We Are All Experts


expert-yes-you-areYou are already an expert at something.

Or at least you are well on your way to becoming one.

Many of us are experts at something that is just a hobby — sewing, making things, collecting comics — whatever.  Our challenge is to realize that expertise and find a way to constantly use it to make people’s lives better who most need our help.

Finding your passion, then getting paid to pursue it.

Many people have spent a ton of life energy in a quest to discover their passion. And for many of them, once they found it, that was enough. Finding the thing that lights them up inside satisfies the quest.

But some people want more than that—they want to live their passion. Some want to break free of their mind-numbing routine that has become their life and spend each waking hour doing what they love most.  I believe we can all do this if we truly want it.

Easy to say, but how do you make it happen?

Many of us are at a point in our lives where we have valuable information to share.  For instance, over the past 10 years I have acquired a ton of knowledge of how to build music programs in schools from scratch.  I have learned how to do that from being a teacher, an administrator, and Executive Director, and a facilitator at various clinics.  It was a beautiful accident, really, but I’ll take it.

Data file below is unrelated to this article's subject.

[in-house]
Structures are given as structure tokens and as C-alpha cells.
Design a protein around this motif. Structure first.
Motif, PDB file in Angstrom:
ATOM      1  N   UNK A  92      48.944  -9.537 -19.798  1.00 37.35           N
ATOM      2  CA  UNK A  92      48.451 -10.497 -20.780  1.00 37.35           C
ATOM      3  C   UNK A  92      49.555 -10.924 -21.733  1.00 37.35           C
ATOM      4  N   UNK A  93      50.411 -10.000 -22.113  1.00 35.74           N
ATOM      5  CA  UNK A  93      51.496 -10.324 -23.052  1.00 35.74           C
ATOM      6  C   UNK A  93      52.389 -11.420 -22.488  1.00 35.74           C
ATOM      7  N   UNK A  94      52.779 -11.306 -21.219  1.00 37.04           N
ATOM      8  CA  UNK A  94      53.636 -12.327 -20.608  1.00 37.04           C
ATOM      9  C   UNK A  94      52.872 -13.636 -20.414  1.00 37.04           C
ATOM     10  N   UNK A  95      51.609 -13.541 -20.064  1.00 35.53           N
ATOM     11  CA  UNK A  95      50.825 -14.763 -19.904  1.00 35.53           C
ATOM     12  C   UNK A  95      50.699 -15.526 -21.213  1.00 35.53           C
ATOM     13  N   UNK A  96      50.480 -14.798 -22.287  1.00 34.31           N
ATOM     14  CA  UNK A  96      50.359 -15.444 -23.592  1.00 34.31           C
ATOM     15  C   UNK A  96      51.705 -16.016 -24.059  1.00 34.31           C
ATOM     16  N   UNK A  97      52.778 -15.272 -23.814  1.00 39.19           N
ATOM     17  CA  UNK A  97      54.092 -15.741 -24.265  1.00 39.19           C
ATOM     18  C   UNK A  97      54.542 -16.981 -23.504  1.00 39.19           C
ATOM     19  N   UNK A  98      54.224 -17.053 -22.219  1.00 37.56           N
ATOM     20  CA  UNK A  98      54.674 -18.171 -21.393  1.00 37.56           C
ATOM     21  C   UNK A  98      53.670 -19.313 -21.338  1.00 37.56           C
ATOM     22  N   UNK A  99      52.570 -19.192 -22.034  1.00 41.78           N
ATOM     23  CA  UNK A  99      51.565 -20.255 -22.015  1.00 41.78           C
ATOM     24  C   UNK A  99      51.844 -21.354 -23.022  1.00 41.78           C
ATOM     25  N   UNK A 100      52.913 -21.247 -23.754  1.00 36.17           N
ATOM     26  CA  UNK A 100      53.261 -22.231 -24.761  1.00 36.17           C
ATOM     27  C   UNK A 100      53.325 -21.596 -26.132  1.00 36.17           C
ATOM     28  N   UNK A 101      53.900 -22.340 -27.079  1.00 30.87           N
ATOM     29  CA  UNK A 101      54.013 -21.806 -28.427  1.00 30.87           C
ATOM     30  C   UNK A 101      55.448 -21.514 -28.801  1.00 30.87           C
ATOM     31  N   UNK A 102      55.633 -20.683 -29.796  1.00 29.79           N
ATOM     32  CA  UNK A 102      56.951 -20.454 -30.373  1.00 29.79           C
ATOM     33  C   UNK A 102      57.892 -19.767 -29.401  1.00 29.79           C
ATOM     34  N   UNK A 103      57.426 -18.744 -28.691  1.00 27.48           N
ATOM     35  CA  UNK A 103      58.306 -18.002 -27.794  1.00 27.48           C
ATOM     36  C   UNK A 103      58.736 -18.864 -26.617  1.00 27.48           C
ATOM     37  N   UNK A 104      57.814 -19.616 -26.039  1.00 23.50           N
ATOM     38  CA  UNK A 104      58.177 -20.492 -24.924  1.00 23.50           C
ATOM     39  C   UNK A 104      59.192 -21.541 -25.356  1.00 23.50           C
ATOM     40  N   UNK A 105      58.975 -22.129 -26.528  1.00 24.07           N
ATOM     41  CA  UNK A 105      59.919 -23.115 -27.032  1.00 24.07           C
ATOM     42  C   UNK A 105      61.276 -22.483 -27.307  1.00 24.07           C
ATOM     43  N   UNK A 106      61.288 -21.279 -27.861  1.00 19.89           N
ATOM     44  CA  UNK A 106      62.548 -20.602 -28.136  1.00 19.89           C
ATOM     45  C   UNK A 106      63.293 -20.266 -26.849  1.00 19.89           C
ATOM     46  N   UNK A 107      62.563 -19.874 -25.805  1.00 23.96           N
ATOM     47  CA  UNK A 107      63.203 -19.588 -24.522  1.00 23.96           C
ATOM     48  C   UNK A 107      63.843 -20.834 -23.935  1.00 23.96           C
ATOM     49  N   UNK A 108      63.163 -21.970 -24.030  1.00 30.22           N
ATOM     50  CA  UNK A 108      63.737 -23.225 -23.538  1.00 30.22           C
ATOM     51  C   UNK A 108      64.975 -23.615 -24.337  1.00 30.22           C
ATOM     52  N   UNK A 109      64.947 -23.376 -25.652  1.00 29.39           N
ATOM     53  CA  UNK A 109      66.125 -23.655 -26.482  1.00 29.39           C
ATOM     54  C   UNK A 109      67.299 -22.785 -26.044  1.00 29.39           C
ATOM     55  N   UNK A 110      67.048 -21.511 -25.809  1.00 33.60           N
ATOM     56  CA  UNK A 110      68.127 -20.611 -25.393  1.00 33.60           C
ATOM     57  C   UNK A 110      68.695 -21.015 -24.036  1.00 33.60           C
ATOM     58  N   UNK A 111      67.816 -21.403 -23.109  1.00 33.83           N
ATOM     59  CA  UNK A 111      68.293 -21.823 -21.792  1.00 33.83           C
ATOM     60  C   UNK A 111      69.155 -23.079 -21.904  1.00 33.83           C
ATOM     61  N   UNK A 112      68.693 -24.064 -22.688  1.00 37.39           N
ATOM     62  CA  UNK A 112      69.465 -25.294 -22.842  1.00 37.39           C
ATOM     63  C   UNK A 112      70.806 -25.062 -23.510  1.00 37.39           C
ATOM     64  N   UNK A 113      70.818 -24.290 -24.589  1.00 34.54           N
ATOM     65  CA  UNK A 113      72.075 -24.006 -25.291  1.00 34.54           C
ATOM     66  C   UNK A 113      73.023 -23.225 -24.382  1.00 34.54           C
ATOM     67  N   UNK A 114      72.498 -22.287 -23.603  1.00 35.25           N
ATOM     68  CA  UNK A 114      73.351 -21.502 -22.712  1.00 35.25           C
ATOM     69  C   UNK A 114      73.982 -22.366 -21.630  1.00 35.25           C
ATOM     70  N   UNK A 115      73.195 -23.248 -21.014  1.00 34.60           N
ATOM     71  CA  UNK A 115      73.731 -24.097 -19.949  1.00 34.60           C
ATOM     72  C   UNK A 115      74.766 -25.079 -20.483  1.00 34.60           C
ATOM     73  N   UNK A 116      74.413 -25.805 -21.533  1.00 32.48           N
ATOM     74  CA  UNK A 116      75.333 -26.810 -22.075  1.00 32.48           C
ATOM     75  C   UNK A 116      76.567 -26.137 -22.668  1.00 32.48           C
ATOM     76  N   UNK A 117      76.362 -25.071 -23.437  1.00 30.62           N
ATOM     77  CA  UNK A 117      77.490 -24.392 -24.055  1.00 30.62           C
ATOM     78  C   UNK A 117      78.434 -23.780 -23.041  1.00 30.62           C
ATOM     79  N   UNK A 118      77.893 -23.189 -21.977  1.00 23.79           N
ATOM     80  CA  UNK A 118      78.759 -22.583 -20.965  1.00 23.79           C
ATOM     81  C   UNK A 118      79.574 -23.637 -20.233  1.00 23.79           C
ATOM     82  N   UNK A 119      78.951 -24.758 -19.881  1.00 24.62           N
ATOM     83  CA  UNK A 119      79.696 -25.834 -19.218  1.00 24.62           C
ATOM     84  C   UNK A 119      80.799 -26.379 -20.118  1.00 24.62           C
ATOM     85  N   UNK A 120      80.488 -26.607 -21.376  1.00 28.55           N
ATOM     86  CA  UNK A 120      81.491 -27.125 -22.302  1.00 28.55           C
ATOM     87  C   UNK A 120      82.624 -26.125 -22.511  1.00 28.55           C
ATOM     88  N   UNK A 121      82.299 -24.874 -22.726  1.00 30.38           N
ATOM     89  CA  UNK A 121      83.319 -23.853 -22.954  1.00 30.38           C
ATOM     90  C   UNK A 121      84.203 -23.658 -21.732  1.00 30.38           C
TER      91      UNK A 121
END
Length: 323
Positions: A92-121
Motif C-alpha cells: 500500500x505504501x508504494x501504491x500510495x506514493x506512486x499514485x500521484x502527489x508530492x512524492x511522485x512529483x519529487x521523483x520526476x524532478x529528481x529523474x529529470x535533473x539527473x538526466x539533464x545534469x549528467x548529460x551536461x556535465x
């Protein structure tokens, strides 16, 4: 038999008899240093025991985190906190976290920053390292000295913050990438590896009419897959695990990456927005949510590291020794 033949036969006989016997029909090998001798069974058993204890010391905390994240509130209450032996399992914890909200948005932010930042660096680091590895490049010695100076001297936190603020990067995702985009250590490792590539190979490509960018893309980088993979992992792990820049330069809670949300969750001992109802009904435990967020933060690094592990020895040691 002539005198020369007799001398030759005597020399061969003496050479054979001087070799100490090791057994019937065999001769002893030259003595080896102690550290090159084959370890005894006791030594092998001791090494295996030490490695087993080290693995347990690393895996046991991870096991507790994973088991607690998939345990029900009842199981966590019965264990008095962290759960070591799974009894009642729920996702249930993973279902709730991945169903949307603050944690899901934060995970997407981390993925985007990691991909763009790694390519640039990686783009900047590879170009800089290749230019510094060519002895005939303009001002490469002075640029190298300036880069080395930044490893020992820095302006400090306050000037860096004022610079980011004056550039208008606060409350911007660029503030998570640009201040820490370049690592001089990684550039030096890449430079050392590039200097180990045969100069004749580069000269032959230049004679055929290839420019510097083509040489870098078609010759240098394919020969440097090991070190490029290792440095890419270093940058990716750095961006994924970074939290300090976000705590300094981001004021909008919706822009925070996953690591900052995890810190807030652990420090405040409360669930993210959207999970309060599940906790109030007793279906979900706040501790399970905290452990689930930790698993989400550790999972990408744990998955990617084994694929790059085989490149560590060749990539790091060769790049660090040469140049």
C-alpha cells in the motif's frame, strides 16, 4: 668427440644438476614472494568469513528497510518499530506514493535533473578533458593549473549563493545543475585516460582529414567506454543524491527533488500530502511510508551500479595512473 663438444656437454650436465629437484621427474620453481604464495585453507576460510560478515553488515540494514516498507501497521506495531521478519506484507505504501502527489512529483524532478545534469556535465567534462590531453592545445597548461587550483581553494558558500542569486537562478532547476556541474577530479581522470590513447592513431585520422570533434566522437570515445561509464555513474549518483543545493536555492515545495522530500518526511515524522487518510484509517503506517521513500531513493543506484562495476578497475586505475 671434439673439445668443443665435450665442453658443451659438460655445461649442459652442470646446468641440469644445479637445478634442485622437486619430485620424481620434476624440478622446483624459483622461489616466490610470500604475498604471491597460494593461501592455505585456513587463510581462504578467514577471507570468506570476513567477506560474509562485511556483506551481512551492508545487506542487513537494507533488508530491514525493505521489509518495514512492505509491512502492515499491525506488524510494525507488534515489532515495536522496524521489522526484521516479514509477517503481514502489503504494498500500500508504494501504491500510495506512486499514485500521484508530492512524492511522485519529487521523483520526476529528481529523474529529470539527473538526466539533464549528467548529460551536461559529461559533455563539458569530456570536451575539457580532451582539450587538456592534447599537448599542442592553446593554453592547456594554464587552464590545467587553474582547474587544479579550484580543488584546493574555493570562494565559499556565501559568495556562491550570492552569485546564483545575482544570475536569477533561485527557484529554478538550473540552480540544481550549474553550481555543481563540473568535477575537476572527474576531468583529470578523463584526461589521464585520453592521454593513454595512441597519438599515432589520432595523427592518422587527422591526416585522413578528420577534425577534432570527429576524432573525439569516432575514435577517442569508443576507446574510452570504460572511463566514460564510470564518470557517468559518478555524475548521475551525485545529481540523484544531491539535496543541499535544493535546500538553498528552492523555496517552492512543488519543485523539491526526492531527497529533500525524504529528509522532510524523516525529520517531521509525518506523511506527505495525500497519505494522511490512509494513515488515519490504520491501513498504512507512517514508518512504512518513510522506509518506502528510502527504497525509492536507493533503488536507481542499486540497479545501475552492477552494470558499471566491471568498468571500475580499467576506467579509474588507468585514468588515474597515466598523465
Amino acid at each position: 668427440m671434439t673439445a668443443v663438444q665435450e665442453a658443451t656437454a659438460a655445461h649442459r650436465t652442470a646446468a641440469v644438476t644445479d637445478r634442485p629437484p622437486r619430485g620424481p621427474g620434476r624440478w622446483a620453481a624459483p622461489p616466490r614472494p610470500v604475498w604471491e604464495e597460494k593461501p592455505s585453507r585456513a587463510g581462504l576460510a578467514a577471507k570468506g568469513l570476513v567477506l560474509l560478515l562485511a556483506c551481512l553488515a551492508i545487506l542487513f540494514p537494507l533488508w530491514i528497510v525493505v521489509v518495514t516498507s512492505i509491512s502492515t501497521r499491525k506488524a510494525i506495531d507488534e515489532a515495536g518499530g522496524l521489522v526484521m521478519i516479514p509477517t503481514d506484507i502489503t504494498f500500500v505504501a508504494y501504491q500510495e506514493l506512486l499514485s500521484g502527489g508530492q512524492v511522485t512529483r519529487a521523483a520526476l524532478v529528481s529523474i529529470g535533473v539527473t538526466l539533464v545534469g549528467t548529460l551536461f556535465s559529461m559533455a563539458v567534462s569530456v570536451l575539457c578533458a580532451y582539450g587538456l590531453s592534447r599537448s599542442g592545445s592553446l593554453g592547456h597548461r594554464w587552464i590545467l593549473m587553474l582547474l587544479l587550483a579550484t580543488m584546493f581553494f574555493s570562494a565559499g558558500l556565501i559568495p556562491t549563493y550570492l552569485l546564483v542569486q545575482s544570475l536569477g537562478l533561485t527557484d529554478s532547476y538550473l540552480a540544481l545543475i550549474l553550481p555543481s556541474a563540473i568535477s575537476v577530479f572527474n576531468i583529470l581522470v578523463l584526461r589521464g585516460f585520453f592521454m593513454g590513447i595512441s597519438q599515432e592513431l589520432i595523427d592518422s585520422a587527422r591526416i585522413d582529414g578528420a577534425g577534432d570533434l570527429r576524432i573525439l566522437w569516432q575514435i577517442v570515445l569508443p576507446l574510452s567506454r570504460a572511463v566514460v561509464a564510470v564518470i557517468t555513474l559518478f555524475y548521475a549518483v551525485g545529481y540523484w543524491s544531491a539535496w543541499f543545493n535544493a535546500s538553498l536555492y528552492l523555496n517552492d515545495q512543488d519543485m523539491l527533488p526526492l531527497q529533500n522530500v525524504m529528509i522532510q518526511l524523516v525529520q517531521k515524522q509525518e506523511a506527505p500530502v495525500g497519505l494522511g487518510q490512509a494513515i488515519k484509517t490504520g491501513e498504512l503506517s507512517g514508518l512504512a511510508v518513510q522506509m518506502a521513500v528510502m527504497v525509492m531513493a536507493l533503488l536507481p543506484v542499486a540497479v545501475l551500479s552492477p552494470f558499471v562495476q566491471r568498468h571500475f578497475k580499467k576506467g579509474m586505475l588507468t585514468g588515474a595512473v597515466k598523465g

I can continue to do this things for other people for a wage for the rest of my life if I choose…

Or I can branch out on my own and become a consultant.  I can work for myself.  I have the knowledge, I just need to make the commitment to transition.

“Before you can be successful, you must believe you can be successful.”

We have heard this quote a bunch.  However, this isn’t a “just embrace the power of positive thinking and become incredibly successful” inspirational quote.  It’s the type of quote that forces us to evaluate our own intentions, motivations, and thoughts.